Peel-off coating makes Desalination tech more efficient

Peel-off coating makes desalination tech more efficient, cleaner and greener.

A polyelectrolyte coating enables clean seawater desalination systems without harmful chemicals.

A removable coating that can be used to clean desalination membranes has been developed by KAUST researchers. The nontoxic coating could provide a safer and more efficient alternative to harmful chemicals used to clean reverse osmosis systems for seawater desalination.

The reverse osmosis desalination process uses pressure to filter seawater through a semipermeable membrane to produce fresh drinking water. While the technique is more energy efficient than other desalination approaches, its performance can be hindered by the growth of bacteria and other microorganisms on the membrane surface.

“This biofilm creates a layer that does not allow water to pass as easily,” says Maria Fernanda Nava-Ocampo, a Ph.D. student under the supervision of Johannes Vrouwenvelder. “One of the biggest problems of all the current methods to control biofouling is that they do not completely remove the biofilm from the membrane system, resulting in permanent fouling. This causes elevated energy consumption and disposal of control chemicals into the sea.”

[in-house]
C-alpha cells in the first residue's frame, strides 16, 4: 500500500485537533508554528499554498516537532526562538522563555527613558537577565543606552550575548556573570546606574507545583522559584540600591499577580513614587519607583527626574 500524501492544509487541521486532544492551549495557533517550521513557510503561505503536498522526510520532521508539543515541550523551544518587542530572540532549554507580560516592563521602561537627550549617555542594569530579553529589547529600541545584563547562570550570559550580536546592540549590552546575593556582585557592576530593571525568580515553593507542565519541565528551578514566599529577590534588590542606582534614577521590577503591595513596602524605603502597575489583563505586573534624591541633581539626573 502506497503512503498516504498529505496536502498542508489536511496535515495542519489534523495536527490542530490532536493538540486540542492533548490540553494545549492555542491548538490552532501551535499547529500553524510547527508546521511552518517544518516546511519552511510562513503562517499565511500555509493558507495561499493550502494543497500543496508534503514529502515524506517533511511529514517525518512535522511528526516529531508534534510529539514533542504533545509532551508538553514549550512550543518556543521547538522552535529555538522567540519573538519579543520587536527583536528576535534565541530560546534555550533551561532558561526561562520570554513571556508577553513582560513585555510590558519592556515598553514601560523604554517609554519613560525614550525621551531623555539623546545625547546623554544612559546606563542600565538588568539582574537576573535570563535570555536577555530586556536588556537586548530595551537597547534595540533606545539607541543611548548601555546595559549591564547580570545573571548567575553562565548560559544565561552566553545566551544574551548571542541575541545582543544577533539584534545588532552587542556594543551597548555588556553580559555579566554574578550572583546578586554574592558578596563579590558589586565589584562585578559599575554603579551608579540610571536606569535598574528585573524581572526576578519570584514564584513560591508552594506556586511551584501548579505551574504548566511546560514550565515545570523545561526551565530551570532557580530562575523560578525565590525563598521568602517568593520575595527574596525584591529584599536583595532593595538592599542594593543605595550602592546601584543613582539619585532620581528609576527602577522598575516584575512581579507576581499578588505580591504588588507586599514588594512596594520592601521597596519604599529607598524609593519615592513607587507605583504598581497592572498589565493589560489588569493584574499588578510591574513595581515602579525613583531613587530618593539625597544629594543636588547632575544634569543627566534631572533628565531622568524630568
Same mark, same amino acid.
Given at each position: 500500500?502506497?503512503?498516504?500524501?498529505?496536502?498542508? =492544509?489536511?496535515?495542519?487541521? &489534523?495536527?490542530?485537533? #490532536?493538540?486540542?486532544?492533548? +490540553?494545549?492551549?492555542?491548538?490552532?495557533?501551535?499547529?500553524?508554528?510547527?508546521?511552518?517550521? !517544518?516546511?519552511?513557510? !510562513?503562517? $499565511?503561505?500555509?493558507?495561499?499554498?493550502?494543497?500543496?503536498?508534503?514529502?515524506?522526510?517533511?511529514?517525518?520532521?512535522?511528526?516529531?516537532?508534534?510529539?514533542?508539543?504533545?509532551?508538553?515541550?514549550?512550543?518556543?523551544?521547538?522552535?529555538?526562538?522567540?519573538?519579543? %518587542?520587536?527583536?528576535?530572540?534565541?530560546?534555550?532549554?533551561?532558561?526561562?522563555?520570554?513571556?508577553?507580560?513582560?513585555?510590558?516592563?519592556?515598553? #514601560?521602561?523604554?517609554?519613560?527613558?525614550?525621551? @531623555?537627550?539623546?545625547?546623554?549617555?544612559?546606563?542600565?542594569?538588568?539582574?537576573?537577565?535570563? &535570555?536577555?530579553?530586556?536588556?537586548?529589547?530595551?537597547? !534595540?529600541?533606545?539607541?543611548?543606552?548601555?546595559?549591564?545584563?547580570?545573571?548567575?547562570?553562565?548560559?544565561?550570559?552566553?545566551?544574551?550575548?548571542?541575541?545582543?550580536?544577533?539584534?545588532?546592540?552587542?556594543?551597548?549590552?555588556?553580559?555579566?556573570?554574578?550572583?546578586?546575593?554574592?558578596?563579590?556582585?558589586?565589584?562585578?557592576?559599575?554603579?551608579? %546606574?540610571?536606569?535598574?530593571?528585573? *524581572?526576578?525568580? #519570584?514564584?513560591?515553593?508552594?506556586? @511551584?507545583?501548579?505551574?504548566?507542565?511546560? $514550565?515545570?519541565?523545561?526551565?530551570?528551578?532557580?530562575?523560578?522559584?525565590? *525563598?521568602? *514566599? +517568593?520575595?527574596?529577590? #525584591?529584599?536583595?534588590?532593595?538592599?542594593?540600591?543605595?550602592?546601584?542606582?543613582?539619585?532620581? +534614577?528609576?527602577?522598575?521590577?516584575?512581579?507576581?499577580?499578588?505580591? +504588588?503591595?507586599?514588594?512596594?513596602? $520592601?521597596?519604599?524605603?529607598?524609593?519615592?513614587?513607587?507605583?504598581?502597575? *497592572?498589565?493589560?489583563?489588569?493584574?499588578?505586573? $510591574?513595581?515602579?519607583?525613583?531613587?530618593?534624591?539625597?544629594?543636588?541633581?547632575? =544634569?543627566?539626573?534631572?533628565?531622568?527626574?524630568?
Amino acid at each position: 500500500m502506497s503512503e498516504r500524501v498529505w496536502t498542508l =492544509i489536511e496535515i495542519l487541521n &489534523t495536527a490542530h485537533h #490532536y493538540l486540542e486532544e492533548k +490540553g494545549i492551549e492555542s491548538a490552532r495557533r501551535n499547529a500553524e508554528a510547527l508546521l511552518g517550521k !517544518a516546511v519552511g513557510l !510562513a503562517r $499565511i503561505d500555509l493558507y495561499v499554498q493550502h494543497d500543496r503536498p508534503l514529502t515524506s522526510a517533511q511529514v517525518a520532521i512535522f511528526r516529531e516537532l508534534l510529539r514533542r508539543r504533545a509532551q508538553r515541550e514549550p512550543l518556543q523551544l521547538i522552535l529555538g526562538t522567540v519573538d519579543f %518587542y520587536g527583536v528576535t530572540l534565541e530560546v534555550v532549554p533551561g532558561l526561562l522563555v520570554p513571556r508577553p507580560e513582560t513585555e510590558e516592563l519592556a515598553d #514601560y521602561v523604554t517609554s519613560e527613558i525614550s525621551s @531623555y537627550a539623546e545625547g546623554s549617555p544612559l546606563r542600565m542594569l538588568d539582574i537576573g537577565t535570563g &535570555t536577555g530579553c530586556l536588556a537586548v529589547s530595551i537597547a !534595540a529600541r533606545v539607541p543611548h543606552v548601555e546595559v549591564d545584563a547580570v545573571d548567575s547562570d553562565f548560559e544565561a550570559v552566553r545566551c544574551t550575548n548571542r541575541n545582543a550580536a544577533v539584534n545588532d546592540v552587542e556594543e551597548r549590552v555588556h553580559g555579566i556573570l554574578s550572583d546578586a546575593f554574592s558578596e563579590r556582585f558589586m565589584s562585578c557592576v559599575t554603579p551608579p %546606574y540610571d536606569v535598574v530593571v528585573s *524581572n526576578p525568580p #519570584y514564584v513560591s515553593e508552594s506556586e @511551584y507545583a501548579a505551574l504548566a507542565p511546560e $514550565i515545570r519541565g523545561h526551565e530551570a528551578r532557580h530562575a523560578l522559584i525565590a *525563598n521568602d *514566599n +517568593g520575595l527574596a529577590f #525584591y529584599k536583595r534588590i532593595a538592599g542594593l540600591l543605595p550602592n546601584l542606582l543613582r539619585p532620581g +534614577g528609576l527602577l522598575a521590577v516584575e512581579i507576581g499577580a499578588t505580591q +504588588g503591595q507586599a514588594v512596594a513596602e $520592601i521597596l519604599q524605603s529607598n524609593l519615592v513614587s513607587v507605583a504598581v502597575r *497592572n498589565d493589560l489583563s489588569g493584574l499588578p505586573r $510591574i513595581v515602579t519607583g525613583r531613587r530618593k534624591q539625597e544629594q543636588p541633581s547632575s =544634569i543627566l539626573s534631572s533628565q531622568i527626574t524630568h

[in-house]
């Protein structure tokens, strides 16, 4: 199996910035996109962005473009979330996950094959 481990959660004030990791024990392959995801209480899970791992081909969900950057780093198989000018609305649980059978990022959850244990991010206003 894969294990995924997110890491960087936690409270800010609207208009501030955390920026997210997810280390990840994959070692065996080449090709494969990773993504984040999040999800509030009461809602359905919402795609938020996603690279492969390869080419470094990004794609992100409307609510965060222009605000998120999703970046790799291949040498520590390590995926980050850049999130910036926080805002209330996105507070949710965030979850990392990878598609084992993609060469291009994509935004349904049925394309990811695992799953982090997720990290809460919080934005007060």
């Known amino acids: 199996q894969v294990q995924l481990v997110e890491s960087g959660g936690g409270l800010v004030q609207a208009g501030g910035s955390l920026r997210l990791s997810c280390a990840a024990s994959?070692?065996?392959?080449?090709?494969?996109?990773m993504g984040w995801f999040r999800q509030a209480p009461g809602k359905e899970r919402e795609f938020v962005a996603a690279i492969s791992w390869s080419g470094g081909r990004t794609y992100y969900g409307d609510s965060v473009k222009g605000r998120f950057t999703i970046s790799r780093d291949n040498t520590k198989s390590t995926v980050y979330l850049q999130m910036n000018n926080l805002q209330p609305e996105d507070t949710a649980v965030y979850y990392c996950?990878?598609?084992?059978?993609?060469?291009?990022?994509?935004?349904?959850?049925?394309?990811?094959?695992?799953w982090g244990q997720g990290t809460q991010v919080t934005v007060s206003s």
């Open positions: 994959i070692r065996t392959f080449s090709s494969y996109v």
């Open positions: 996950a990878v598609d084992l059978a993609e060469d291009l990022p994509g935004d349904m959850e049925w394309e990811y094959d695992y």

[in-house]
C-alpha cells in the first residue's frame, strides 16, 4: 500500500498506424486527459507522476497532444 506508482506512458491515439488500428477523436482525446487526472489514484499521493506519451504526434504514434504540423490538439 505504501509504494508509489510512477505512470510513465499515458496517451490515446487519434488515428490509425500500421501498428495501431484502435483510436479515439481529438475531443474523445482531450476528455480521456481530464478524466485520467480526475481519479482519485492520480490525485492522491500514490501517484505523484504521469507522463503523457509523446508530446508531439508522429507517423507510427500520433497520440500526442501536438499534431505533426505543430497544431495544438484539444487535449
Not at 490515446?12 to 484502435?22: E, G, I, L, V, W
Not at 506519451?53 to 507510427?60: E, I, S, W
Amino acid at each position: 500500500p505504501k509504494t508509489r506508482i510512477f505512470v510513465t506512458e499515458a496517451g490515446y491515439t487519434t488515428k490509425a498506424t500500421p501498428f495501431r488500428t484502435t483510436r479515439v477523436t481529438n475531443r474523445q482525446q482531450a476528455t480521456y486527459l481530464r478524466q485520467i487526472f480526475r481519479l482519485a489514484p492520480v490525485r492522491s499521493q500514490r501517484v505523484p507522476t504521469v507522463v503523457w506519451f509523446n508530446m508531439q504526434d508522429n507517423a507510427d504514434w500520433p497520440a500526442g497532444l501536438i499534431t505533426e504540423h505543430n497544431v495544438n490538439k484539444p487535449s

While other coatings are often made from harmful chemicals, the new polyelectrolyte coating avoids the need for toxic linkers to attach to the membrane. It can also be safely flushed out of the system with brine and increased flow, leaving the membrane surface clear of biofilm.

“The advantage of our coating is that it attaches to the surface by electrostatic interactions, so we don’t have to use chemicals,” says Nava-Ocampo. “We also don’t have to pretreat the membrane in order to coat it. The membrane stays in the system and we just pass the coating through the same current flow used for desalination.”

The removable polyelectrolyte coating prevents biofouling on desalination membranes and avoids the need for harmful chemicals to clean seawater desalination systems.

Image credit KAUST/ Xavier Pita

source KAUST